Information and communications technologies have opened up new opportunities and aided efforts towards promoting gender equality. However, they can also be used as tools to perpetrate Gender-Based Violence (GBV). While there is no internationally agreed definition for the term, technology-facilitated GBV is defined by UN Women as any act of violence committed, assisted, or aggravated by the use of information and communications technologies on the basis of gender. It encompasses a wide range of sexist behaviors and actions online including online harassment, gendered hate speech, intimate image abuse, trolling, and sharing of deepfake images.
Amplified by the anonymity, scale and speed of the internet, the lack of law enforcement mechanisms and gendered gaps in digital literacy, technology-facilitated GBV has become a pervasive issue across the world. It targets primarily women, particularly young women and girls, women facing intersecting forms of discrimination, such as women of color or diverse sexual orientations and gender identities and women in public life. According to the Economist Intelligence Unit, 38% of women globally have personally been subjected to online violence, 65% reported knowing other women who had been targeted online, and 85% of women reported witnessing online violence against other women. The political, social, and economic consequences of technology-facilitated GBV are significant. It increases the digital gender divide, silences women’s voices, has serious impacts on victims’ health and well-being, and undermines their safety, reputation, freedom of expression and participation in the digital realm.
To address this pressing issue, the International Gender Champions (IGC) Secretariat, in partnership with the United Nations International Computing Centre (UNICC), launched its ‘I Say No To Sexism Online’ campaign in September 2023. It builds on the ‘I Say No To Sexism’ campaign, first launched in 2018 by former Director-General of UNOG and IGC co-founder Michael Møller, and relaunched in September 2022, to address sexism in the workplace. The campaign complements the IGC’s GBV Pledge, one of two IGC core commitments, requiring each Gender Champion to uphold a zero-tolerance stance towards any form of GBV, sexist behaviors and harmful norms – both offline and online.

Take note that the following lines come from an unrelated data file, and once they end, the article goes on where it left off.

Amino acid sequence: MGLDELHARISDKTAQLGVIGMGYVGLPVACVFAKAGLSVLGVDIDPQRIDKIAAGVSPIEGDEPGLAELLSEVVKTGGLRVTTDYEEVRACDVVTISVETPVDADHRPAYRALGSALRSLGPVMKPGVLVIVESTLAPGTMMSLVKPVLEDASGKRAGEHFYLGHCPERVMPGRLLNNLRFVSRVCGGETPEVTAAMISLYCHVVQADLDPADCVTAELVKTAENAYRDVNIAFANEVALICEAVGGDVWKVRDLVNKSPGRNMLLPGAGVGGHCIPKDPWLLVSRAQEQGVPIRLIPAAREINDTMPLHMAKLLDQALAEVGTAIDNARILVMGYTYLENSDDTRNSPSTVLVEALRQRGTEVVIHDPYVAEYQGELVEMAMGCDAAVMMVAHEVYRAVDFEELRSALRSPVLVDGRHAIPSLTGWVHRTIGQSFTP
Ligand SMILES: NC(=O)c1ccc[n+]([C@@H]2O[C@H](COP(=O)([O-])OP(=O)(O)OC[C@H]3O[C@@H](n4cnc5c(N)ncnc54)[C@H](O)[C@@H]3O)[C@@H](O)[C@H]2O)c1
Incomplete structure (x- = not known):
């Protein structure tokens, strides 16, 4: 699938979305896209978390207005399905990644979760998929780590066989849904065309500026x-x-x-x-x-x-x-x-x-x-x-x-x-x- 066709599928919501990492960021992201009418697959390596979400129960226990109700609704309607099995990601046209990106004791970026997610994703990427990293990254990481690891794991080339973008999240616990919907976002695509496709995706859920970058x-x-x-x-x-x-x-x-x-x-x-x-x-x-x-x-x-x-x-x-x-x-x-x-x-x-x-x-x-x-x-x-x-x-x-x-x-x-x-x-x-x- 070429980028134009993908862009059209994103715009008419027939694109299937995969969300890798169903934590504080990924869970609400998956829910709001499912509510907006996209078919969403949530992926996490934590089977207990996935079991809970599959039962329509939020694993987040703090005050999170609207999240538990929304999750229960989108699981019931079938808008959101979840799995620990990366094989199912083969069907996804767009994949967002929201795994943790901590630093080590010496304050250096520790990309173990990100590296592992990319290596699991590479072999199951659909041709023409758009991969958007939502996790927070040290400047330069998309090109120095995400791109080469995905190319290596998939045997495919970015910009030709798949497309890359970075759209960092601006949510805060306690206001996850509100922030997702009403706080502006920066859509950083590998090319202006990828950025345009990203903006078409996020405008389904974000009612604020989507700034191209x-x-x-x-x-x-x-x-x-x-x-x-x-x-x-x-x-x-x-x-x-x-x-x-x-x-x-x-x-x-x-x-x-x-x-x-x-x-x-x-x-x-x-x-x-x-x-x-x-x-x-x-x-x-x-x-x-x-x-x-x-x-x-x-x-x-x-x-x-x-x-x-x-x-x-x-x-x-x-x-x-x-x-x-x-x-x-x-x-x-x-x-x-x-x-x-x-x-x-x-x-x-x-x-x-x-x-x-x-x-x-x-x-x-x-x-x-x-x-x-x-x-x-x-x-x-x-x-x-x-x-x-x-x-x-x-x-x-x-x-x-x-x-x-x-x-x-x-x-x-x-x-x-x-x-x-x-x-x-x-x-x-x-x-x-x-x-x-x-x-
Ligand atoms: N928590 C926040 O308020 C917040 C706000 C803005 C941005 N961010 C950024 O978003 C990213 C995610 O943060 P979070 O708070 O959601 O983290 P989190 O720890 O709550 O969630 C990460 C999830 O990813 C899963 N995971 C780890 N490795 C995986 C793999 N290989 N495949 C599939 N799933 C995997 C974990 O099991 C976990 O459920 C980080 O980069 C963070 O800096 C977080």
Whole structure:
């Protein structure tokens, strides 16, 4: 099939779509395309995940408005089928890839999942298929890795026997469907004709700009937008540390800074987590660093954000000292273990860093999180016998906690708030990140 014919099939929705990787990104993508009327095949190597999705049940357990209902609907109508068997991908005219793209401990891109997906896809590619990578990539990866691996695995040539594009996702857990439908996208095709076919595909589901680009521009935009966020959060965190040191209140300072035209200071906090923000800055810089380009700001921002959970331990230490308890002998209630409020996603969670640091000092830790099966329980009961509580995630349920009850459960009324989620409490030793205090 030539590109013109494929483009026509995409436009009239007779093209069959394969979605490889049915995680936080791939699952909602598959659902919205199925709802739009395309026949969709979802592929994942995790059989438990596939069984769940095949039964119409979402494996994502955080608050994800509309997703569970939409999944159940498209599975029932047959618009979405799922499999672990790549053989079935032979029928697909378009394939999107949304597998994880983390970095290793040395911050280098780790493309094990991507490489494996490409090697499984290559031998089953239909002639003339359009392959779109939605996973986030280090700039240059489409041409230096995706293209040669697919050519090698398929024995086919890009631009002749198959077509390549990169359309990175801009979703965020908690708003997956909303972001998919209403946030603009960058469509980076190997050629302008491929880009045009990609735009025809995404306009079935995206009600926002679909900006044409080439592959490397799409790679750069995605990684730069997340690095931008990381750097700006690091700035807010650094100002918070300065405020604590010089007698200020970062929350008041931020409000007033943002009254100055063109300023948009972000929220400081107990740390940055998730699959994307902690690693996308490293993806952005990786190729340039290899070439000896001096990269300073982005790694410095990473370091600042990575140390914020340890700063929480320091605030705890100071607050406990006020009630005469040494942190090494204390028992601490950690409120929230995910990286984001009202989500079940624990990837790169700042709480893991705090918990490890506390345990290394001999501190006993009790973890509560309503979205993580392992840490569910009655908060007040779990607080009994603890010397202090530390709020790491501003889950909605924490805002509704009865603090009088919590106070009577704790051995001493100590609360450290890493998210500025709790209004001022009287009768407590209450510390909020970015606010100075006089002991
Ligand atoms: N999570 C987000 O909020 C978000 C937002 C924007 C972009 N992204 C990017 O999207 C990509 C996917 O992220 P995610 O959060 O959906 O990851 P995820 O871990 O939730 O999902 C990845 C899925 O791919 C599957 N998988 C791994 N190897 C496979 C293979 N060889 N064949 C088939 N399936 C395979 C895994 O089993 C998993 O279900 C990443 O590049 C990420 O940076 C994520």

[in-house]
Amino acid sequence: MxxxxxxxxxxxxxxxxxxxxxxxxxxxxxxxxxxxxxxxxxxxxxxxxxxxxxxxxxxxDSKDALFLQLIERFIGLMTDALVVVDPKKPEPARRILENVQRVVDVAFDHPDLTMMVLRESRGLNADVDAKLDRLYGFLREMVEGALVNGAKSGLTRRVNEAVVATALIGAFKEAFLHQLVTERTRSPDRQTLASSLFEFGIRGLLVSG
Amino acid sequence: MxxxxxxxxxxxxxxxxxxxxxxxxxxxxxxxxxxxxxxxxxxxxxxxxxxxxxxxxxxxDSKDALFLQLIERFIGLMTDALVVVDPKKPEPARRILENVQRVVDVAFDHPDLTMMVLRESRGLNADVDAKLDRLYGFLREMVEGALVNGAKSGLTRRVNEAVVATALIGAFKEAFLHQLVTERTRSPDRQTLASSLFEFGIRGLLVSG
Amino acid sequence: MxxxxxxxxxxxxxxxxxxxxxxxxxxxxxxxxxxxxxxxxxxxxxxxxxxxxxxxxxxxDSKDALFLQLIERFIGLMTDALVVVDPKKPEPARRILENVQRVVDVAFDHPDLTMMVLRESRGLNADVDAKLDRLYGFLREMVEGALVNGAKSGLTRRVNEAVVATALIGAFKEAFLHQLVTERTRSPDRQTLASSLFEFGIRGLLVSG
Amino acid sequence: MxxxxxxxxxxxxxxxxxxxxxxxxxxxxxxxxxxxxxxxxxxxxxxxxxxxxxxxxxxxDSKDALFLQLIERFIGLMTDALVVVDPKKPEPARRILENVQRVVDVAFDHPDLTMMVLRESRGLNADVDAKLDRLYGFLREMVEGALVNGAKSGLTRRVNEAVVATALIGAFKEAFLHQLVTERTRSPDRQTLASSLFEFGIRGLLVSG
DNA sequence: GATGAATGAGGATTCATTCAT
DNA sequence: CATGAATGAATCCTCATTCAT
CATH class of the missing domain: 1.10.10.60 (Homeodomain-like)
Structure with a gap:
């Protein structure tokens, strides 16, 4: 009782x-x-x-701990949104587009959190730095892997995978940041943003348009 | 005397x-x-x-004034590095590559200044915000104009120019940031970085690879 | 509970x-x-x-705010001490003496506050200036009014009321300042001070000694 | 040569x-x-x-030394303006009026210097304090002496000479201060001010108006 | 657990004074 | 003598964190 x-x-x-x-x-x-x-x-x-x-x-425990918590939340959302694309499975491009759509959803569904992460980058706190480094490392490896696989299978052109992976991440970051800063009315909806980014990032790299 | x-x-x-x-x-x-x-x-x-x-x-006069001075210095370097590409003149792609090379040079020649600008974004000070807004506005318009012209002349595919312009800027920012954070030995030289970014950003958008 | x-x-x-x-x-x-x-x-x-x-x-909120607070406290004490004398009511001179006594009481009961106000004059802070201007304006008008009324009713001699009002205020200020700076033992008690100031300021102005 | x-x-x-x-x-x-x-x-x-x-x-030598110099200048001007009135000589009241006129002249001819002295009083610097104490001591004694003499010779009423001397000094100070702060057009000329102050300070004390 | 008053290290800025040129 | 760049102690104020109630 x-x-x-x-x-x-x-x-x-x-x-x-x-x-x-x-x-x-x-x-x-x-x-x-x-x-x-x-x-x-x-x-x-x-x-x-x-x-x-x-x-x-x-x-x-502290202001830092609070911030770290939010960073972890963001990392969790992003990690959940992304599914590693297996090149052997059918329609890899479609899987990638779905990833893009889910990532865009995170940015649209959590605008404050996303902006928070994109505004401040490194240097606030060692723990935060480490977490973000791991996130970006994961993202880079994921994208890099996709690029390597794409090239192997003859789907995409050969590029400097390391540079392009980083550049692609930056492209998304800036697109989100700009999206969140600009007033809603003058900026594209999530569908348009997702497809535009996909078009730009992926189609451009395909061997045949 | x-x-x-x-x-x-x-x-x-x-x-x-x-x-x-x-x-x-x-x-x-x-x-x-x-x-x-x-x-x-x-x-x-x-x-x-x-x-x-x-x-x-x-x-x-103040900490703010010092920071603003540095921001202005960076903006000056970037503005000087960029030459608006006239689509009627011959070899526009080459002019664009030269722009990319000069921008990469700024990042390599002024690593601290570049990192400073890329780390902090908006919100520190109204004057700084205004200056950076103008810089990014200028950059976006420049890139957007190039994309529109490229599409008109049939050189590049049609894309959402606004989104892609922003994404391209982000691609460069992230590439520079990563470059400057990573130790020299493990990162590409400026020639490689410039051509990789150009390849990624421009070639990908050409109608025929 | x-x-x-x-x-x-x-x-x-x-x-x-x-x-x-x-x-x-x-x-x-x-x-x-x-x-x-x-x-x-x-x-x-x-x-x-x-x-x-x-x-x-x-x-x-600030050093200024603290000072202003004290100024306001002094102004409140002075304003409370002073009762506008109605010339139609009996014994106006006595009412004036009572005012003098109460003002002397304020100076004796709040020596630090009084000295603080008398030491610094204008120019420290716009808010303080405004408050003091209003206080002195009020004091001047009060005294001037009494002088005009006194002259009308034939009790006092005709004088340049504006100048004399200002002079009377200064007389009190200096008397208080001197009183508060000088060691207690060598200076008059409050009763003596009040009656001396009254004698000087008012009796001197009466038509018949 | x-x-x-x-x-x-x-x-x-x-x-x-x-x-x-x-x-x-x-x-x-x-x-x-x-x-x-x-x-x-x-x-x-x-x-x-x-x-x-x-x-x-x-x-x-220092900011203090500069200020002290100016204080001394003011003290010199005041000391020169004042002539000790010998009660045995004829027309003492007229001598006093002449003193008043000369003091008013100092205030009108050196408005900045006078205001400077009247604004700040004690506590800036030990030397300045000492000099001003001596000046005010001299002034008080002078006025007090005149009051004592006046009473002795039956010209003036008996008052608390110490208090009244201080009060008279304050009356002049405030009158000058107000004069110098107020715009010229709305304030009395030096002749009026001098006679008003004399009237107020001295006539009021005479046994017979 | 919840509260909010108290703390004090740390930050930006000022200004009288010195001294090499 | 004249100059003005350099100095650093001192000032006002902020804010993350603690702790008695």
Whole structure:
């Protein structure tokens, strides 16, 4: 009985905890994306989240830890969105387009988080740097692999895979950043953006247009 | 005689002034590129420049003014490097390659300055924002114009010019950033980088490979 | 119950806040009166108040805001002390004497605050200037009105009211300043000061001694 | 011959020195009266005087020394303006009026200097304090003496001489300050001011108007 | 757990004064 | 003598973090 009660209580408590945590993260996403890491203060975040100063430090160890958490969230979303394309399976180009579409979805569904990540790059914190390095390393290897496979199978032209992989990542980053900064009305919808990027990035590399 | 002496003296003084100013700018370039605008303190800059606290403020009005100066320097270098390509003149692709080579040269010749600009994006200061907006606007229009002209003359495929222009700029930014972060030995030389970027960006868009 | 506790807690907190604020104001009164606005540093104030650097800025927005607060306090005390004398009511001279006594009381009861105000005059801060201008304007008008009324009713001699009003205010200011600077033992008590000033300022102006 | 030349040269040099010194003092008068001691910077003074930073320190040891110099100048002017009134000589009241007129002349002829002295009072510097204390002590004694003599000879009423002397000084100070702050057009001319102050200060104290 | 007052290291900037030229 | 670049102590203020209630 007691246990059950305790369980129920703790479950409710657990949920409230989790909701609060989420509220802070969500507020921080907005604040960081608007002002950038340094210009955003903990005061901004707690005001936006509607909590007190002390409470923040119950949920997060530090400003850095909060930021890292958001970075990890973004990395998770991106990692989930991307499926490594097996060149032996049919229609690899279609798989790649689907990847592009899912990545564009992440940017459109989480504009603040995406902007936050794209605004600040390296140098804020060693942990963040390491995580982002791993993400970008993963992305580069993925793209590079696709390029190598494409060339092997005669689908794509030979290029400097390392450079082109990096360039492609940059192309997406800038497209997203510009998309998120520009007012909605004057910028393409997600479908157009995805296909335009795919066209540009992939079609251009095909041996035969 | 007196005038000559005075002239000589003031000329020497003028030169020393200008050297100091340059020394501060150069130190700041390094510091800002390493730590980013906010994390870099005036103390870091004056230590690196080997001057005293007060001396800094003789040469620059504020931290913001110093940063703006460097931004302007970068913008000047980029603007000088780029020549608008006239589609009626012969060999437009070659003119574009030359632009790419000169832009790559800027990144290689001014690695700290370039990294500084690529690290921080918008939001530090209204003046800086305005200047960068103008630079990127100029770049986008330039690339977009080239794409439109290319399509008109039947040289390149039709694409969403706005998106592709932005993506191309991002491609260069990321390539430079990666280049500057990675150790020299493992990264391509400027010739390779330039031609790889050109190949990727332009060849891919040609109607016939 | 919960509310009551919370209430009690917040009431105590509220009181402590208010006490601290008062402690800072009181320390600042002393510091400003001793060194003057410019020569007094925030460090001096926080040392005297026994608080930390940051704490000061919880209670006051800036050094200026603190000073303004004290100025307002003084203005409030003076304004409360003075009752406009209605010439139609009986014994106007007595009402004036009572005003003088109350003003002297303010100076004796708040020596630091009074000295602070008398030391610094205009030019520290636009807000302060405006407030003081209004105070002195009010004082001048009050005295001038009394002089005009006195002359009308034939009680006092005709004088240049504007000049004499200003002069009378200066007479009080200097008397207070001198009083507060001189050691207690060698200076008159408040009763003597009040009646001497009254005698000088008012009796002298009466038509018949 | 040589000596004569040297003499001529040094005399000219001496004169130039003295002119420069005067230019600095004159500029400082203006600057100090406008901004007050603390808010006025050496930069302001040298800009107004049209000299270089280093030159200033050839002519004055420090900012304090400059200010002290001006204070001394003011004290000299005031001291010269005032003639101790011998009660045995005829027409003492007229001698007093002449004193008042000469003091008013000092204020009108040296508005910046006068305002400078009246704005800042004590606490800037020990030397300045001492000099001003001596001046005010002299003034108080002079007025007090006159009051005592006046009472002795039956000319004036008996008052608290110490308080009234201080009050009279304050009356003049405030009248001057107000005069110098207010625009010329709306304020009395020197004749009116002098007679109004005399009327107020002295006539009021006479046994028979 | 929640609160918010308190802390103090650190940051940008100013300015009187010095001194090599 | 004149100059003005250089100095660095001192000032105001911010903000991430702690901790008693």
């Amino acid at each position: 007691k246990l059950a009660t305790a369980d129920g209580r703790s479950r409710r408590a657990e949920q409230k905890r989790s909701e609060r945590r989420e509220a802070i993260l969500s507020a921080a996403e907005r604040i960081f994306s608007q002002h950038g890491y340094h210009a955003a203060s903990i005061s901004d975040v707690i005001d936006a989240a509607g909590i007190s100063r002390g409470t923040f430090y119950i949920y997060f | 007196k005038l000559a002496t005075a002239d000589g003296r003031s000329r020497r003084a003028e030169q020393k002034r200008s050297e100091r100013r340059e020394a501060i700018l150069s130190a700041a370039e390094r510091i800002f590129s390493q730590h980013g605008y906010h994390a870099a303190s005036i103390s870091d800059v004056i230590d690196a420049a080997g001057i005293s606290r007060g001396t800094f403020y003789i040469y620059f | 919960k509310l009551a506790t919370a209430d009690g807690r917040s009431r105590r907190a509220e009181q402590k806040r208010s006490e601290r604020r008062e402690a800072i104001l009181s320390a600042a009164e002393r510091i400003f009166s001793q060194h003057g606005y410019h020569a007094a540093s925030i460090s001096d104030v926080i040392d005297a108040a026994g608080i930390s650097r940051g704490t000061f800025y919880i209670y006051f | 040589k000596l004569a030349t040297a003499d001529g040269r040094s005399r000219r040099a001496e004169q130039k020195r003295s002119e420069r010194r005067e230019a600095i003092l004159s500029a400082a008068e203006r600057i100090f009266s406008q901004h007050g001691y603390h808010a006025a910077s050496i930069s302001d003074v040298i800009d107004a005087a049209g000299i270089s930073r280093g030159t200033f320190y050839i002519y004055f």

The new ‘I Say No To Sexism Online’ campaign seeks to tap into the potential of connective technology for gender equality by building awareness, engaging senior leaders as positive role models, and promoting actionable pathways towards digital safety for all. To educate on the negative implications of technology-facilitated GBV, the IGC Secretariat produced a short educational video and developed a resource repository which can be found on the IGC website along with a series of informative social media posts. Furthermore, a variety of online communications assets and templates have been made available for the IGC community to share within their respective virtual networks and support organizational messaging against technology-facilitated GBV. A ‘Champion’s Guide for Action’ has also been developed to encourage senior leaders in and beyond the IGC network to take effective action against online GBV within their spheres of influence by offering concrete suggestions. Finally, Champions across the IGC’s six hubs in Geneva, New York, Nairobi, Vienna, The Hague and Paris are participating in a social media challenge, highlighting their commitment to ending technology-facilitated GBV and challenging their peers to do the same.
WANT TO GET INVOLVED?
We encourage everyone to #LogIntoEquality and join the campaign to help us create a chain of positive messaging for a sexism-free online world. The IGC Secretariat created a range of communications tools, including an educational video on technology-facilitated GBV, social media cards, GIFs, email signatures, virtual backgrounds and/or profile picture filters. They can be downloaded via a publicly accessible Trello board and shared across personal and professional networks. We say no to sexism online. What do you say?